The Sebastian Family Cottage http://www.modernwm.org/#sebastian-family-cottage-grand-haven-township was designed by Wilfred McLaughlin who had offices at 822 Cherry SE http://www.modernwm.org/commercial-modern/#builders-and-traders-exchange.
McLaughlin was born June 5, 1902 in Niles, Michigan and graduated from the University of Michigan in 1925, working in the office of Ernest Young in South Bend. He became a registered architect by examination, and moved to Grand Rapids where he worked for Thomas and Adrian Benjamin, becoming a partner in 1931 (Grand Rapids Herald, November 1,1931).
In 1947 McLaughlin designed the iconic Davenport Institute building at 1 Fulton on the corner of Fulton and Division and recently restored.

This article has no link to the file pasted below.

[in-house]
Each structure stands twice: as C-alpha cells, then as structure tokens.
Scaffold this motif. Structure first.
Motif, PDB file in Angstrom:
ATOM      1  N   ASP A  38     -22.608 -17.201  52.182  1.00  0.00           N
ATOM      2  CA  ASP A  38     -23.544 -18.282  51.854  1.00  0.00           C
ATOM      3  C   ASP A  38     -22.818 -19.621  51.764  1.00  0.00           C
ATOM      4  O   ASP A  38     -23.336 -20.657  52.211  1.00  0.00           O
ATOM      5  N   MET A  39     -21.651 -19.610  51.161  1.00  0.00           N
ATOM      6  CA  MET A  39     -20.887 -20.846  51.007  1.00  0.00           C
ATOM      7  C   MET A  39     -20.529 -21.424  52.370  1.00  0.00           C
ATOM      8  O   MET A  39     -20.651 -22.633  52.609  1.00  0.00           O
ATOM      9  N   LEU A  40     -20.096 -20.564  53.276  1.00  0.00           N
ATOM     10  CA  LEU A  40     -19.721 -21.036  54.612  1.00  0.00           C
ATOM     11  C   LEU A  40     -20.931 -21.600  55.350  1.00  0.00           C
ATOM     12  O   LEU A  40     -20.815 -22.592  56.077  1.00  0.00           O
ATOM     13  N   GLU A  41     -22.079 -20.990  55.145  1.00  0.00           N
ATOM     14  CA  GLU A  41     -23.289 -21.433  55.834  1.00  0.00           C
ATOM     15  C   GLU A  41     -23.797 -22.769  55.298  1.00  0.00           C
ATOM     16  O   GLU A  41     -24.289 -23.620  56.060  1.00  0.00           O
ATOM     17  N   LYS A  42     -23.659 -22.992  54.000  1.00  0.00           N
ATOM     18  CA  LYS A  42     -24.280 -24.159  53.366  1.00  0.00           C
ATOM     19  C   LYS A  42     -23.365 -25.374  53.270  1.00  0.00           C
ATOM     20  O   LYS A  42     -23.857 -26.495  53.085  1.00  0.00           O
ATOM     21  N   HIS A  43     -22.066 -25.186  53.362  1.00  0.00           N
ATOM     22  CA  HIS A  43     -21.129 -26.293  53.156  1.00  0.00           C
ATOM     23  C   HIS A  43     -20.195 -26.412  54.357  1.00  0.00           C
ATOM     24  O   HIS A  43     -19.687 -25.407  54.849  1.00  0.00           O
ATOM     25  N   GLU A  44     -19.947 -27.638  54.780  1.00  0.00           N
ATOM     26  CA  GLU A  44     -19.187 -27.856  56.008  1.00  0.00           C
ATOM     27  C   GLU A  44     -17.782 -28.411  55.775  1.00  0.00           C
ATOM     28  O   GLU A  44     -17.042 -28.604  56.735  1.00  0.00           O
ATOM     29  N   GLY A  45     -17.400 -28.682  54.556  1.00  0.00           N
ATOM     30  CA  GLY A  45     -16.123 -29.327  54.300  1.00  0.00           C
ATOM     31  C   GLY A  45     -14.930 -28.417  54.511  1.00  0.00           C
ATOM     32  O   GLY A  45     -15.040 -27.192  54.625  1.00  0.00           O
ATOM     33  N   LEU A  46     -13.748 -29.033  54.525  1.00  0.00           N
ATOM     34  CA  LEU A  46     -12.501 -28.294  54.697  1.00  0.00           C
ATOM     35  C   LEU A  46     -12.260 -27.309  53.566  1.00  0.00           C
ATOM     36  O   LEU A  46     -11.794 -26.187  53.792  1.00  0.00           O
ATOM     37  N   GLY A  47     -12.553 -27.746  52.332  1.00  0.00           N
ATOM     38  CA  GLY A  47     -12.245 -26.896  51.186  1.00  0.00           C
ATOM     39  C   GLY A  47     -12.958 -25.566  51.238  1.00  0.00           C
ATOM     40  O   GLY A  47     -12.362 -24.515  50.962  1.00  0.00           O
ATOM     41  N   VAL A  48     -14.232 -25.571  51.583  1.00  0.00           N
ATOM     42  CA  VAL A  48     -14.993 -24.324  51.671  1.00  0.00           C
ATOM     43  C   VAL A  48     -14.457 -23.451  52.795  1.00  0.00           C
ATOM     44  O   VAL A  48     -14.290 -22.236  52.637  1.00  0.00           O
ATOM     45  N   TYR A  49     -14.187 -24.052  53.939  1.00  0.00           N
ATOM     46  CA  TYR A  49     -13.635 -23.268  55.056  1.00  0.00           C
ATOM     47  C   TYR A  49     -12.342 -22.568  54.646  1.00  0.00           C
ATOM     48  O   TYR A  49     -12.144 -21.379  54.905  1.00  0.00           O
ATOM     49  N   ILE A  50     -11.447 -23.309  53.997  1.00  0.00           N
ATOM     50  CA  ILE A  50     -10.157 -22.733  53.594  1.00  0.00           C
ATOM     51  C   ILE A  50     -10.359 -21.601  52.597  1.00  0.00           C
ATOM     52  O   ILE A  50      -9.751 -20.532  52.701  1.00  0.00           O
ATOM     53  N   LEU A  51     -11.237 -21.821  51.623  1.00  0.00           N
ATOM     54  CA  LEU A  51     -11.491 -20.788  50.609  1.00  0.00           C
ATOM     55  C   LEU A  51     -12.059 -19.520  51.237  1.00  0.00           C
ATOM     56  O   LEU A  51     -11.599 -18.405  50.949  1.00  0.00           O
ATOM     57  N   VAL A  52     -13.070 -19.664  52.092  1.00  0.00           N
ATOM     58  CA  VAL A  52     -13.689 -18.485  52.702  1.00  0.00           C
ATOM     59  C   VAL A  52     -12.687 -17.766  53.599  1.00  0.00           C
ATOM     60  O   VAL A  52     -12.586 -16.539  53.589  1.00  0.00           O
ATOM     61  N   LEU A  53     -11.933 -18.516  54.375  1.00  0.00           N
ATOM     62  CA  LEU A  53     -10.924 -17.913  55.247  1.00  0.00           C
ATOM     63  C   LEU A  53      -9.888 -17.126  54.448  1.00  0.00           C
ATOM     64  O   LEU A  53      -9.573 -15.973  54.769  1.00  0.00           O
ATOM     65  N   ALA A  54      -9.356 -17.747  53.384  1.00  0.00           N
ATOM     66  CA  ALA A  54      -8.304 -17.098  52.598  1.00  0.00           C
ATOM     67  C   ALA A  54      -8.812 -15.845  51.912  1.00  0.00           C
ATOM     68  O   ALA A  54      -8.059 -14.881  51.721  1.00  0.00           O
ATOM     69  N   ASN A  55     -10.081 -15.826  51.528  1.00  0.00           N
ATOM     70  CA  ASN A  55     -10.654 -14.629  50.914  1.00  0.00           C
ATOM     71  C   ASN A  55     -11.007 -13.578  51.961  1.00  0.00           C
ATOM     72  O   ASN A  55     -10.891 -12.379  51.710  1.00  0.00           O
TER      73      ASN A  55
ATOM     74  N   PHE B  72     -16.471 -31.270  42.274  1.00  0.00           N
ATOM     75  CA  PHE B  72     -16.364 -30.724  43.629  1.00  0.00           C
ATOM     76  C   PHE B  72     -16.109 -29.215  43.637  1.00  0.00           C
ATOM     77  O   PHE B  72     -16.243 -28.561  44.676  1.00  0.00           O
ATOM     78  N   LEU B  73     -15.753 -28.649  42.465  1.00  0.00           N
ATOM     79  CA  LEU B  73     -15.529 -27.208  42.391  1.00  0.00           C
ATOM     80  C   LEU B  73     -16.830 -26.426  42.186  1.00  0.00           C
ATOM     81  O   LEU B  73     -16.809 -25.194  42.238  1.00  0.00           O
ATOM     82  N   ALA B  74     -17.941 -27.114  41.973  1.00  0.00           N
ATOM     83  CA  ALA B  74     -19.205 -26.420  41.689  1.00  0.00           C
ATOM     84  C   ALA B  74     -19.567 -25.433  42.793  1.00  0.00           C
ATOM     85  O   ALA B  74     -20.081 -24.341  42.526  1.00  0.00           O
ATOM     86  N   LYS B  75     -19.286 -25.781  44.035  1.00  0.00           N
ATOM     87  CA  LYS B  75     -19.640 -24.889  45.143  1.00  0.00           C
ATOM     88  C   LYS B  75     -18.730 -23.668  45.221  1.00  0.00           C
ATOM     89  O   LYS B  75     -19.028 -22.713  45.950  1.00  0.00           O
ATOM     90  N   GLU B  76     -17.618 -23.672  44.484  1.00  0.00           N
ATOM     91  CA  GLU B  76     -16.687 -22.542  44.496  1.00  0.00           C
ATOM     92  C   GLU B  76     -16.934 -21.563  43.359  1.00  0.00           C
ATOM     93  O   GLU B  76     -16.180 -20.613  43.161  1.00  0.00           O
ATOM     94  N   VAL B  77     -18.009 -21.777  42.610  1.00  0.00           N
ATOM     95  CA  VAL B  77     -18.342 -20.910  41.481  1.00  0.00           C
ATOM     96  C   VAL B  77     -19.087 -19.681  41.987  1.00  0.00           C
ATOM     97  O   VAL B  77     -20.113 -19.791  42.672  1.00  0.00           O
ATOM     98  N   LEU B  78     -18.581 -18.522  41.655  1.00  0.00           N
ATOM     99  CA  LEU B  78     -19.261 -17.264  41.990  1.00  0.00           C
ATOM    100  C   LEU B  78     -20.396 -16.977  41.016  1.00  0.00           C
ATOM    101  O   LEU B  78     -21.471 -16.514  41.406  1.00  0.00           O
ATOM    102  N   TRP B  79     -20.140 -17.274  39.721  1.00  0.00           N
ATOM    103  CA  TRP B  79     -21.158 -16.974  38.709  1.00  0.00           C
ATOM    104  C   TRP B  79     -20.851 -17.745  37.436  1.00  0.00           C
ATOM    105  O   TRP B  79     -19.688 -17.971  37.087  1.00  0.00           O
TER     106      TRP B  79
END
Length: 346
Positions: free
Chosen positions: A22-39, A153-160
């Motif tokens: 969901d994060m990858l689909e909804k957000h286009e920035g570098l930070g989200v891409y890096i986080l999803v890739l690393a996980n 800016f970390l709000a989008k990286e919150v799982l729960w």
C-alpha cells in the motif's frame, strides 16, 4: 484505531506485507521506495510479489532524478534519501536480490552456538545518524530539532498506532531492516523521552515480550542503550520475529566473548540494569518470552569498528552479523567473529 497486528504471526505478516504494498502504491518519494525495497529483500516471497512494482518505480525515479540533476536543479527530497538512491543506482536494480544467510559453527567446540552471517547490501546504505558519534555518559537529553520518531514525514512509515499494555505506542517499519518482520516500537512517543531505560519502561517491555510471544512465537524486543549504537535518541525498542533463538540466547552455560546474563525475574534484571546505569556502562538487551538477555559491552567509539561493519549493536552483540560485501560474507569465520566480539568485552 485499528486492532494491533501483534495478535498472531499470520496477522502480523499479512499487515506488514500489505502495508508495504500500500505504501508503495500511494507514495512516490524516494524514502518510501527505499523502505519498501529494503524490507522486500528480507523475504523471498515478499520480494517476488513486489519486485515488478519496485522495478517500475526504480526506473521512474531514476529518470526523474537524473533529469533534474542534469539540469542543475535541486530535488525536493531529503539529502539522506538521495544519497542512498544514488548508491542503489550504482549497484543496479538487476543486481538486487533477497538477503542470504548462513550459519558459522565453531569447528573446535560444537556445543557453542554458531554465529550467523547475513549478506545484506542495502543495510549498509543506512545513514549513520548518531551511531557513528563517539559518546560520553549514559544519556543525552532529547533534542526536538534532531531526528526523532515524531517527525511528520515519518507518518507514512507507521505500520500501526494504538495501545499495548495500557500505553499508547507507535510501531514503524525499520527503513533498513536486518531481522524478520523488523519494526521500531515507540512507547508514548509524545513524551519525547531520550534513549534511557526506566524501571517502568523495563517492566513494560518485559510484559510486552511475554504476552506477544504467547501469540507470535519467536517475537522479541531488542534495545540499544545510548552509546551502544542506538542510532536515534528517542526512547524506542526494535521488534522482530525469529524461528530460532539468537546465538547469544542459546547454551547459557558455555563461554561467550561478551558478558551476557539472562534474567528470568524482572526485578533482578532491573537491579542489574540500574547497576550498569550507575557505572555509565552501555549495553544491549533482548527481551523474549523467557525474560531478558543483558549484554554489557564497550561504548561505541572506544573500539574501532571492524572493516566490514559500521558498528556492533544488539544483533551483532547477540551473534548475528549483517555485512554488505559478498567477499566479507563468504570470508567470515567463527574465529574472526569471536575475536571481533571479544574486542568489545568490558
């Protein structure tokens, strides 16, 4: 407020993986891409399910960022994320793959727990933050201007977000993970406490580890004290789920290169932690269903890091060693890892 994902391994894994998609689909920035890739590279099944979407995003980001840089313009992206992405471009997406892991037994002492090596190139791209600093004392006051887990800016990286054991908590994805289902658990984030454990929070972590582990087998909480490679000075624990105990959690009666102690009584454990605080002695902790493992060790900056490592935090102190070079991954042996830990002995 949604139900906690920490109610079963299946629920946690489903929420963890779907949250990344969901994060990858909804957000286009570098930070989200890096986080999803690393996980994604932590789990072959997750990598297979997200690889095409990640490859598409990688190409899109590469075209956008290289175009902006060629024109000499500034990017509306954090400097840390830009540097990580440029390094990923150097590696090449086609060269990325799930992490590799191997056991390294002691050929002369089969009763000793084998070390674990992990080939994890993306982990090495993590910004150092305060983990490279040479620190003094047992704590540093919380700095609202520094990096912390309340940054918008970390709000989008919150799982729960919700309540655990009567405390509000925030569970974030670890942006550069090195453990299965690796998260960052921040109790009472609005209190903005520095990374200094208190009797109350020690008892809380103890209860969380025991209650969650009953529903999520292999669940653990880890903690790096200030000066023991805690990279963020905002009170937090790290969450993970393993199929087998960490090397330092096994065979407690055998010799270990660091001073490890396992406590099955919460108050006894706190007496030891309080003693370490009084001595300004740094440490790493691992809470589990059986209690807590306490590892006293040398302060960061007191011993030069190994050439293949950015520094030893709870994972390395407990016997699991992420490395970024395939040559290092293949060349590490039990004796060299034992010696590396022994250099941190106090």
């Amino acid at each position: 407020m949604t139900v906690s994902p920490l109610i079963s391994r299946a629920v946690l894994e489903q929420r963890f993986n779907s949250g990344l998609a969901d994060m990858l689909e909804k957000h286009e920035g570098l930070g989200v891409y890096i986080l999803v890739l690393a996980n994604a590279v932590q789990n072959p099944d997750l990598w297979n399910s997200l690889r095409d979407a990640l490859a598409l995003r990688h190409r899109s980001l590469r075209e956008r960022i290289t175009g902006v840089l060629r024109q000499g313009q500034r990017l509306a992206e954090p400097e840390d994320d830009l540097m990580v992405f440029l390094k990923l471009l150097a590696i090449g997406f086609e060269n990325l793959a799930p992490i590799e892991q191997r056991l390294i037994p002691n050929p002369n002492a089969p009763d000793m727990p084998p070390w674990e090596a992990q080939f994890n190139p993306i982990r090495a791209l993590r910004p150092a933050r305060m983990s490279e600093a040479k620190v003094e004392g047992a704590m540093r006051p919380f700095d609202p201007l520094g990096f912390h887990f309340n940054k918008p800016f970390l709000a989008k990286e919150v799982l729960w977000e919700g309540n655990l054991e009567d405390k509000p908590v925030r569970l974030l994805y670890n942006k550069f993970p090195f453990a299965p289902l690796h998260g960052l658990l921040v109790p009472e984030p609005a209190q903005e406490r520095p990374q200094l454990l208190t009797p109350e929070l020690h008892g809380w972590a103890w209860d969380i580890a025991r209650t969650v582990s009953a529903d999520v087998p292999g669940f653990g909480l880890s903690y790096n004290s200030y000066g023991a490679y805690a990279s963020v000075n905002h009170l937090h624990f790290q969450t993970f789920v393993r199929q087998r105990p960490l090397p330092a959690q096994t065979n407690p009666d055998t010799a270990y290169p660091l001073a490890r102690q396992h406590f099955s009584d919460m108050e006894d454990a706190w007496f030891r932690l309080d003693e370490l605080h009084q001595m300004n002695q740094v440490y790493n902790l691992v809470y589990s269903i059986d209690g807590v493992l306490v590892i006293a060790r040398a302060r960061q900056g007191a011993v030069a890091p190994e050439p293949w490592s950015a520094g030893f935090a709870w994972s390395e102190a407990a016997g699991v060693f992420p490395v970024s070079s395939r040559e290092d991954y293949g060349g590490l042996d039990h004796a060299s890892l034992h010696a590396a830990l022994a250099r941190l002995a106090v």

Original plans for the Davenport Institute called for a six-story structure of "fire-proof concrete and steel construction with all windows frames and sashes, and all doors and partitions, made of metal and glass brick. The main floor was for retail and was planned to have a marble floor, bleached wood-paneled walls and corridors of terrazzo. The second, third and fourth floors were to be offices, and the fifth and six floors to be classrooms and offices for the Institute (Grand Rapids Herald, June 6, 1947). Only two floors were built and it was recently restored for Tower Pinkster offices.
In 1952, McLaughlin became a member of the American Institute of Architects (AIA). His office was located at 822 Cherry SE (shown below) until his death.
McLaughlin died at age 58 on May 4, 1960 shortly after Palomita, the Sebastian Family Cottage, was built. During his career he designed several commercial buildings, bowling alleys and churches, but he was considered primarily a residential architect having designed over 100 homes in Grand Rapids and throughoutMichigan according to the Michigan Society of Architects Monthly Bulletin, June 1960.